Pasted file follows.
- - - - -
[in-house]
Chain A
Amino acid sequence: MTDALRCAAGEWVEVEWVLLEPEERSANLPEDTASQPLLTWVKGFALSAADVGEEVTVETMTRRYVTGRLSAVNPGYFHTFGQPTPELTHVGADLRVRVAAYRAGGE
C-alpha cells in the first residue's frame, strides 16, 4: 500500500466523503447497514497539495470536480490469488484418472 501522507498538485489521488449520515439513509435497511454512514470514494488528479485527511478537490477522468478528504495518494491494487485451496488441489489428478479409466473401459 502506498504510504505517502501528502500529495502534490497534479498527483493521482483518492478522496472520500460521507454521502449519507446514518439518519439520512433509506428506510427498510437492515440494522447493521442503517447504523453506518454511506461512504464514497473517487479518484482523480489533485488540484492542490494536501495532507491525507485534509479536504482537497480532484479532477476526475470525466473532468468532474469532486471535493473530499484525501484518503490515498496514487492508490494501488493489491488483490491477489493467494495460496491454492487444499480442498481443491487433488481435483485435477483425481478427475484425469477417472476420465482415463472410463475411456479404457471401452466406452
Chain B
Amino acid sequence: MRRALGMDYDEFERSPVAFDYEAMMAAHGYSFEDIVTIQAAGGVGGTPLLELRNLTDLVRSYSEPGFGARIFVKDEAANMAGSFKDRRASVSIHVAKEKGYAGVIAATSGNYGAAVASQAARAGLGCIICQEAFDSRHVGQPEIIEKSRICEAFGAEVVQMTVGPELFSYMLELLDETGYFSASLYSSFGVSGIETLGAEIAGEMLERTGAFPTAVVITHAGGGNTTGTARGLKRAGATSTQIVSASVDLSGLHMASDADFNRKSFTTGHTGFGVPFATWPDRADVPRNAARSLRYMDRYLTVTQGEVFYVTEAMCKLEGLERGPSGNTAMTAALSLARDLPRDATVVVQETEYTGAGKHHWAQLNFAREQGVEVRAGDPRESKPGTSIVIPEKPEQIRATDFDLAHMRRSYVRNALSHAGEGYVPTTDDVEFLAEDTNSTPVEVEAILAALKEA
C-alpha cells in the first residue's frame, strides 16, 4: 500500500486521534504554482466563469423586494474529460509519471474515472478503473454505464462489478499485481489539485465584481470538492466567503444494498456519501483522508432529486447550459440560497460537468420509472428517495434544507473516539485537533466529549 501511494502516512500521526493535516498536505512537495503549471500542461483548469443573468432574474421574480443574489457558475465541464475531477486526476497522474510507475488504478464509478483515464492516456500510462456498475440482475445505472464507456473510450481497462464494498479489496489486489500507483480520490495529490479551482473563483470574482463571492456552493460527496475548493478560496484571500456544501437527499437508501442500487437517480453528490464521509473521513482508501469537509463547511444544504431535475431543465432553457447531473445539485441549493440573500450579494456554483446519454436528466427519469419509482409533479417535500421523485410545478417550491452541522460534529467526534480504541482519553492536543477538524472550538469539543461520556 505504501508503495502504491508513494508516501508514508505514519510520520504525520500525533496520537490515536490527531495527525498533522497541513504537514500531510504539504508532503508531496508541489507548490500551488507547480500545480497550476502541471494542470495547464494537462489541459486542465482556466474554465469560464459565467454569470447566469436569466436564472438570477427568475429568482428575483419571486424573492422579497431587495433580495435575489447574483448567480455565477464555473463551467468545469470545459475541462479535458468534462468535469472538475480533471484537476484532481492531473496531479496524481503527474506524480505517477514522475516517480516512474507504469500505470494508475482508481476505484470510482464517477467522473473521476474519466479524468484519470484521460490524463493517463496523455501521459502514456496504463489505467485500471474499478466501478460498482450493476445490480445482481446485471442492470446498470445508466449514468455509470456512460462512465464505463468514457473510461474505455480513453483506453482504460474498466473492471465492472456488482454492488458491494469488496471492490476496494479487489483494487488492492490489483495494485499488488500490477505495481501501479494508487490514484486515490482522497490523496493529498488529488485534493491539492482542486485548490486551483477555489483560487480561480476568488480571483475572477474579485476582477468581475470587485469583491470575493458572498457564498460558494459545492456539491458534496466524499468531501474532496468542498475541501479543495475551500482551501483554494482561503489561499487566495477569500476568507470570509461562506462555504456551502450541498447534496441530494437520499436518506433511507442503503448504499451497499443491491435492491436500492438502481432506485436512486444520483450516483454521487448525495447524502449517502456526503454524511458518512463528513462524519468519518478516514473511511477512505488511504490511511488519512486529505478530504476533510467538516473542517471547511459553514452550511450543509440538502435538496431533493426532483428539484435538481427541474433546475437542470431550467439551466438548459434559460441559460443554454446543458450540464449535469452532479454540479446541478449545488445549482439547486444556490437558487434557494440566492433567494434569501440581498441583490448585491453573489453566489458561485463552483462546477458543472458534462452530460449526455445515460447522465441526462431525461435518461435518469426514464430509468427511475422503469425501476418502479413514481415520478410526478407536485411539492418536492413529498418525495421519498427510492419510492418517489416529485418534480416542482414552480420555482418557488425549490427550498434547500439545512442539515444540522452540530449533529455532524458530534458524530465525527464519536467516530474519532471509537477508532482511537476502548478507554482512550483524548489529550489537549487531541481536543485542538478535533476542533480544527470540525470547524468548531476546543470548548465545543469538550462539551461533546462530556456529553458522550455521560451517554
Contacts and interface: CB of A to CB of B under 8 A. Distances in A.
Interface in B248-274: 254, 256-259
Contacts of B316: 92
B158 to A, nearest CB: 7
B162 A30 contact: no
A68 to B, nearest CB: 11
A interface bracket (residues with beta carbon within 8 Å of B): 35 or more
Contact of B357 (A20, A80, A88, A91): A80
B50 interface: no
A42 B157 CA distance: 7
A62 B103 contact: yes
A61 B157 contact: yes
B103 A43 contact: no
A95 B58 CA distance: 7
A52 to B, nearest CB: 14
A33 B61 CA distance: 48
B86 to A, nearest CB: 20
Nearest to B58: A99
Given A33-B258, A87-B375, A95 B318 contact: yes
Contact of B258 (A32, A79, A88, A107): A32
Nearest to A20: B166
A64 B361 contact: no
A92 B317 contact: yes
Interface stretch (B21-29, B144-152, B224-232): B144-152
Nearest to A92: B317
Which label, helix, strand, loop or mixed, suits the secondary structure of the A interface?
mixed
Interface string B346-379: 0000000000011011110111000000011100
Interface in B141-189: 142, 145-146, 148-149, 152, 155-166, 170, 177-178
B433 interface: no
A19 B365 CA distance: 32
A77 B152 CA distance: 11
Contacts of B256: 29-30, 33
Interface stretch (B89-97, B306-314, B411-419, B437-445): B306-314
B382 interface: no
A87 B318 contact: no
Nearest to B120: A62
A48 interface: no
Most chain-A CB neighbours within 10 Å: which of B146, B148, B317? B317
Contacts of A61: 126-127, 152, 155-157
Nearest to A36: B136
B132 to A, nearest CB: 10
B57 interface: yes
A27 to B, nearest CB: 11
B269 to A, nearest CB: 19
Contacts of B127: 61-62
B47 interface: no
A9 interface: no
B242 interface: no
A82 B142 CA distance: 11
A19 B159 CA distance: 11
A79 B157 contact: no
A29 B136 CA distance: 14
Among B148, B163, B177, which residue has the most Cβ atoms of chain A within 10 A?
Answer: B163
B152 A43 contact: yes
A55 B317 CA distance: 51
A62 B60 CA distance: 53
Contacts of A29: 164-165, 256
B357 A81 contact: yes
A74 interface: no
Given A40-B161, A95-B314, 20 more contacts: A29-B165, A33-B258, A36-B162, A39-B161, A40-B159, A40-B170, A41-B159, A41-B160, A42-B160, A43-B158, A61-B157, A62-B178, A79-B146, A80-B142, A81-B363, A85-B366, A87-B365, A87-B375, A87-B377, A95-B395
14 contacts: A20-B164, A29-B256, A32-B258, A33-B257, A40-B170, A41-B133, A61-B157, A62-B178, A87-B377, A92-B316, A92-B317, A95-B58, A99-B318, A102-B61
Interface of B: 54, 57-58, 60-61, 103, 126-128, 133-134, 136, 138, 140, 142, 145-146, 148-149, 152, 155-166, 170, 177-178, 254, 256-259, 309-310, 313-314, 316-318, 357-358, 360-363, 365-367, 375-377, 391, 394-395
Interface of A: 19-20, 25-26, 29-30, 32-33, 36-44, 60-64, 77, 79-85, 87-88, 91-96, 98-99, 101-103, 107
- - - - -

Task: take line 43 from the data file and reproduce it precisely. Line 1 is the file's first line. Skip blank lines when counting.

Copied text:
A87 B318 contact: no